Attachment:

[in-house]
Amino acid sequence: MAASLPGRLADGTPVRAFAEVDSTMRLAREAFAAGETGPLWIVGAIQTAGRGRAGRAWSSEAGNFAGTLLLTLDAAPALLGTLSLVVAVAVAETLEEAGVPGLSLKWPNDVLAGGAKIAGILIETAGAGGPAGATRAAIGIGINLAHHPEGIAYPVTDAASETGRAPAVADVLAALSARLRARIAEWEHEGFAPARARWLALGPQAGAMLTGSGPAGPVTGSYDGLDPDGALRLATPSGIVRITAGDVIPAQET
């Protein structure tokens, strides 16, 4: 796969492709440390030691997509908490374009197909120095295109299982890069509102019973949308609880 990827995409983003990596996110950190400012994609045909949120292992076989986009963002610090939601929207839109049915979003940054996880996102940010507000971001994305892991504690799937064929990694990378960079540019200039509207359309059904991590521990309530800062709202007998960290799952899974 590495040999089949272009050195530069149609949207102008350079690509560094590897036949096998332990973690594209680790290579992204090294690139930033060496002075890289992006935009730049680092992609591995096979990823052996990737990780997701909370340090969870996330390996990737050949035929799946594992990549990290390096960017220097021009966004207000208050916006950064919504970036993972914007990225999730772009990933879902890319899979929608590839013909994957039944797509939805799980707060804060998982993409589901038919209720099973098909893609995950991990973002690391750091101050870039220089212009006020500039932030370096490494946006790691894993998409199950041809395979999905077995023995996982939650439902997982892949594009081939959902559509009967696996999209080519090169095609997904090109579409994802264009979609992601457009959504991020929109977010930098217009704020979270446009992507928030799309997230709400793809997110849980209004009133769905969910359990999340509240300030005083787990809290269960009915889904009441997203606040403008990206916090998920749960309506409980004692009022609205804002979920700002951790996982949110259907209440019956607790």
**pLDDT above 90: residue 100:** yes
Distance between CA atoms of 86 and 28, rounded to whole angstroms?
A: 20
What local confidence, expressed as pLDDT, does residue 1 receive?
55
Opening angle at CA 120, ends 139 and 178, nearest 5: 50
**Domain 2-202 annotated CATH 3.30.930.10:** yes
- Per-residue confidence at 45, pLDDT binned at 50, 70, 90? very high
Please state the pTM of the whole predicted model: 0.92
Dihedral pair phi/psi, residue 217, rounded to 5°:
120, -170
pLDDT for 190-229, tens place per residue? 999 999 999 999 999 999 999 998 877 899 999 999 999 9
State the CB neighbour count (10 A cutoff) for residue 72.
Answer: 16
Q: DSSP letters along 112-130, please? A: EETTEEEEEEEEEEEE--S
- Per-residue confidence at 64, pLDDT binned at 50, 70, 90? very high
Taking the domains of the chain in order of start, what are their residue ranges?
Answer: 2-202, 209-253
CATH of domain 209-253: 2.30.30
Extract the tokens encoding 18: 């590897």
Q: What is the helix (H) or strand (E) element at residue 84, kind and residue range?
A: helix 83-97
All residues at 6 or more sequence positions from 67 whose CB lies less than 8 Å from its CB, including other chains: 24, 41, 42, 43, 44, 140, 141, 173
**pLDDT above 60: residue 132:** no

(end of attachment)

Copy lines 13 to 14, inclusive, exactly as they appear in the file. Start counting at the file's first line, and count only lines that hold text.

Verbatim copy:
Dihedral pair phi/psi, residue 217, rounded to 5°:
120, -170